This site is a project of the Graduate Program in Community and Regional Planning at the University of Texas School of Architecture.
We seek to illuminate the role of everyday urban planning practices in reproducing or challenging the multiple relations of power associated with urban development. We situate urban planning within the broader discourse of international development, examine the articulations between urban planning and the production of urban space, critically assess the role of planning in the (re)production of difference and subjectivities, and consider the emancipatory or disempowering impacts of knowledge production in urban planning. In so doing, we aim to develop a critical understanding of the principal themes, schools of thought, and theoretical debates in the contested and loosely defined field known as “international planning,” “international studies in planning,” or “international development planning.”
From the perspective of feminist and critical development studies, international planning practice is associated with the spread of global capital and western rationalities, producing particular subjectivities and cementing neocolonial forms of development. Post-colonial scholarship, meanwhile, suggests that international planning research should decenter the “West” and illuminate alternative planning rationalities, knowledges and practices, and in so doing, expand the definition of what constitutes “planning.”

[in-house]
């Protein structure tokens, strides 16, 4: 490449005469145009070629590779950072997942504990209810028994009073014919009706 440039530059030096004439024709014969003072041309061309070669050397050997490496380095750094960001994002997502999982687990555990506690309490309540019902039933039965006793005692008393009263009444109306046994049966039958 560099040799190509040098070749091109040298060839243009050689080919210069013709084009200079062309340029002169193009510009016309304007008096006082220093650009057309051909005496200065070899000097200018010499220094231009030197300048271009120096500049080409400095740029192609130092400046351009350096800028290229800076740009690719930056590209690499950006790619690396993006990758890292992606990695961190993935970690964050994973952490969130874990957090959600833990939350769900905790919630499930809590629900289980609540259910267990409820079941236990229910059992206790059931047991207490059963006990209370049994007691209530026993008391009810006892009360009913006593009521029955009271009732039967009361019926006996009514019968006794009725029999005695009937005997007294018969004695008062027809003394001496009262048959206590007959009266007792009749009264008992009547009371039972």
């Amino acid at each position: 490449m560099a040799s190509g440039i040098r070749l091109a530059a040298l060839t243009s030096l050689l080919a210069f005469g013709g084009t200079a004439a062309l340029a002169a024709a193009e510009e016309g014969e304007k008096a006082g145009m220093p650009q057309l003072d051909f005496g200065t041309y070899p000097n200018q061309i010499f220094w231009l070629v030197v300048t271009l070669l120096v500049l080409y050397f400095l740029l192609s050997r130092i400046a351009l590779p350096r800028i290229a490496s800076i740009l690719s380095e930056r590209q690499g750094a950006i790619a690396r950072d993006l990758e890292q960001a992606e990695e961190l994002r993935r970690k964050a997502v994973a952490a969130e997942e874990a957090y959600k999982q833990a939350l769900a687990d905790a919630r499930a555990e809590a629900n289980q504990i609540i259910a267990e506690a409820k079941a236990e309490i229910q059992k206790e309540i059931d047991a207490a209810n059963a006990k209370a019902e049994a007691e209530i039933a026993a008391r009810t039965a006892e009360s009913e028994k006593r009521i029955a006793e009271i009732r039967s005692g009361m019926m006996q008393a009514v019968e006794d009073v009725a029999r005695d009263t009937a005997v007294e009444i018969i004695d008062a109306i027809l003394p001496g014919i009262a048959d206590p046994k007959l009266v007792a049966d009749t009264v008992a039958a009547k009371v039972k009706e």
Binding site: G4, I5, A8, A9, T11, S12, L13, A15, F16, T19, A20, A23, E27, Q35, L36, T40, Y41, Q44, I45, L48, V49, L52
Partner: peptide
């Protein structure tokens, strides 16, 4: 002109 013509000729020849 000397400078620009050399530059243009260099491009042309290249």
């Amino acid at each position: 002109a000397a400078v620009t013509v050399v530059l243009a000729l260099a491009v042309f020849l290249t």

The course is inspired by the critical contributions and readings provided by the students in the class, and also informed by Dr. Bjørn Sletto’s engaged scholarship focusing on indigenous cartographies and knowledge production in Venezuela and informality and participatory planning in the Dominican Republic.